mikepk.com about current projects contact

Web Server Logging Tip

April 28, 2013

One of my recent favorite techniques when using nginx is to modify the logging format to make it easier to work with. It's a simple thing, but it made me slap my forehead and say "Why have I not been doing it this way all along?" I'm using nginx for most of my projects these days, but obviously this will work with any web server that lets you modify the log format.

I've used the standard "Common Log Format" format for as long as I can remember. This means I've invariably ended up writing simple, one-off, custom parsers or looking for existing tools to extract interesting information from the web logs. This little bit of extra work has always irritated me whenever I've wanted a quick answer to some simple question that I can only get from the log (for whatever reason).

Now I use a custom web log format that includes tabs as field separators and removes the extra delimiters from the CLF. Like I said, simple, but makes my life just a little bit easier. I also include a few other fields (like response time information) that are available in the nginx log_format directive.

So in your nginx.conf (or virtual server conf), first you define a log format:

log_format timed_tab_combined \
 '$remote_addr\t$time_iso8601\t$request\t'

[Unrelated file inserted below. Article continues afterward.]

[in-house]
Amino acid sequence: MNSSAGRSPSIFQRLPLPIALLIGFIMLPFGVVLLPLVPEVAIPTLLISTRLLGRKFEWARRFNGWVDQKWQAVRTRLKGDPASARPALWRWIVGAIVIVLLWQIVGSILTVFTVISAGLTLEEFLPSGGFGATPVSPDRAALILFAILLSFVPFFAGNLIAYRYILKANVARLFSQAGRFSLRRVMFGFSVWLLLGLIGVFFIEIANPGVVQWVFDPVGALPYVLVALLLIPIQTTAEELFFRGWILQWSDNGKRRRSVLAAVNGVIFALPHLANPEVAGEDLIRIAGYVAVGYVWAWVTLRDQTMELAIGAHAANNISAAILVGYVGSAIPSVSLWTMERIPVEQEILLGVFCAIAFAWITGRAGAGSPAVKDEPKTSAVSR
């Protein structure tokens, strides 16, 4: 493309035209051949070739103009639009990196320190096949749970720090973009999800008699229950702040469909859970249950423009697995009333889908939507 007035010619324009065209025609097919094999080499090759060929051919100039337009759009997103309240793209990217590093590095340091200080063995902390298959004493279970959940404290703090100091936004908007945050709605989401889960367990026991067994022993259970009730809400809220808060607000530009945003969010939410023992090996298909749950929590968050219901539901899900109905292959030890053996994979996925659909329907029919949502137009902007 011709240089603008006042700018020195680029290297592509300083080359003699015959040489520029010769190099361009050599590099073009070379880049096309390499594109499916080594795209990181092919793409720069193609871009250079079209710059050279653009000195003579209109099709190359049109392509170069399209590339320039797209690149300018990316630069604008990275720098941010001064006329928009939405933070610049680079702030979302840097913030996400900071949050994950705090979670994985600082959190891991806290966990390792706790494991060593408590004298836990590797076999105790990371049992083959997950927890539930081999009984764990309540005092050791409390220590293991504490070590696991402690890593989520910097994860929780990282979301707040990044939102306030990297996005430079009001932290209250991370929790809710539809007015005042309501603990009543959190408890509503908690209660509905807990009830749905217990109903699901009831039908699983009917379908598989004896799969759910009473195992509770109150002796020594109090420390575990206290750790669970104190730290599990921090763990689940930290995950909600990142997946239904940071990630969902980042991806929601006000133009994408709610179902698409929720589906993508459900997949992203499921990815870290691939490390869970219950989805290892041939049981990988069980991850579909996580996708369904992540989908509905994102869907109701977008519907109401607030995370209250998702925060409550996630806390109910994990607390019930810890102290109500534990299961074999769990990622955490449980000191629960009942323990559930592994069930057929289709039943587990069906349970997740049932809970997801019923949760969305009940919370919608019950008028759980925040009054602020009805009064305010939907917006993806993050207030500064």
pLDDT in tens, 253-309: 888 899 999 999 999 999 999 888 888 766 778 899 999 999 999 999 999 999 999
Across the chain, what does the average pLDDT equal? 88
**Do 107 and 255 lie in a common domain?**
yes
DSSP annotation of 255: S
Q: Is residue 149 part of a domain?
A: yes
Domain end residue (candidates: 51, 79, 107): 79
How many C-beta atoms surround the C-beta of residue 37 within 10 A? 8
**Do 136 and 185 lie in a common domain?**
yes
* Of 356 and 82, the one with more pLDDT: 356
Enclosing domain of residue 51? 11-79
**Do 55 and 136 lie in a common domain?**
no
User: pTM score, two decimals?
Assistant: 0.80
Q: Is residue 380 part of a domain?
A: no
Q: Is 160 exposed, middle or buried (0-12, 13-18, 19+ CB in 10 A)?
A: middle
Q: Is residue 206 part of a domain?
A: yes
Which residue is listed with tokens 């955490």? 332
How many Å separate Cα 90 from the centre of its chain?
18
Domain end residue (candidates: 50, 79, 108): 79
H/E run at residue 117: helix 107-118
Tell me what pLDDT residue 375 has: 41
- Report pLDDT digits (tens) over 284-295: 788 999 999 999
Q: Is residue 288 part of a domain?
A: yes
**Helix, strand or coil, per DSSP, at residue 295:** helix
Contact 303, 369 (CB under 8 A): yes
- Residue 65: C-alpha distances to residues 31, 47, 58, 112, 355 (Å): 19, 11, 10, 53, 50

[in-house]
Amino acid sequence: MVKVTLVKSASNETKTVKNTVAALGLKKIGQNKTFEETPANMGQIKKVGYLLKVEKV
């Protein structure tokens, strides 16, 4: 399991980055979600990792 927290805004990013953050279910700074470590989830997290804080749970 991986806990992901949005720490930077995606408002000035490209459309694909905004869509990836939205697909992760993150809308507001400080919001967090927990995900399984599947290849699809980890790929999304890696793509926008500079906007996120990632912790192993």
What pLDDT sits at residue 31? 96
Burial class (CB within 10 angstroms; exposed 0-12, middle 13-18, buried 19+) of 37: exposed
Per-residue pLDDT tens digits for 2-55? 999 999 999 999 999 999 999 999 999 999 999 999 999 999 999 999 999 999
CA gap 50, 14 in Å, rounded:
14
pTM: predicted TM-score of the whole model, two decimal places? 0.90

'$status\t$http_referer\t$http_user_agent\t'
 '$body_bytes_sent\t$msec\t$request_time';

Then you specify that format in your access_log directive. If you want, you can also keep the common log format and write out two log files (although this is really unnecessary).

access_log  /var/log/nginx/custom-weblog.access.log timed_tab_combined;

Now if I ever need to check for a particular field, I can use the 'cut' command line tool to extract just the fields I care about. This makes visually scanning log data a lot easier without the extra noise.

I can get quick answers to simple questions like "How many times did Googlebot GET my '/scores' URL in the current log file? I 'cut' on fields 3 and 6, the request uri and the user agent respectively. Then a little grep-foo and a line count and voila, an answer.

$ sudo cut -f3,6 /var/log/nginx/custom-weblog.access.log | grep -P "^GET /scores" | grep "Googlebot" | wc -l
3117

Another example: whats the distribution of IP addresses in my current log file? (ip addresses in the example blanked for privacy).

sudo cut -f1 /var/log/nginx/custom-weblog.access.log | sort | uniq -c | sort -n | tail
   1439 108.xx.xx.xx
   1442 79.xx.xx.xx
   1442 92.xx.xx.xx
   1689 60.xx.xx.xx
   1746 65.xx.xx.xx
   2034 142.xx.xx.xx
   2141 66.xx.xx.xx
   2542 82.xx.xx.xx
   2697 182.xx.xx.xx
   8334 66.xx.xx.xx
I, for one, welcome our new robot overlords…

It also means if I have to write a one-off parser, it becomes trivially easy since it's just a tab-separated file. Since all of the information is still present, it's also super easy to convert this back into Common Log Format if you need to use existing, off-the-shelf, log parsers.

There are other ways to skin this particular cat, but the simplicity of this approach appeals to me.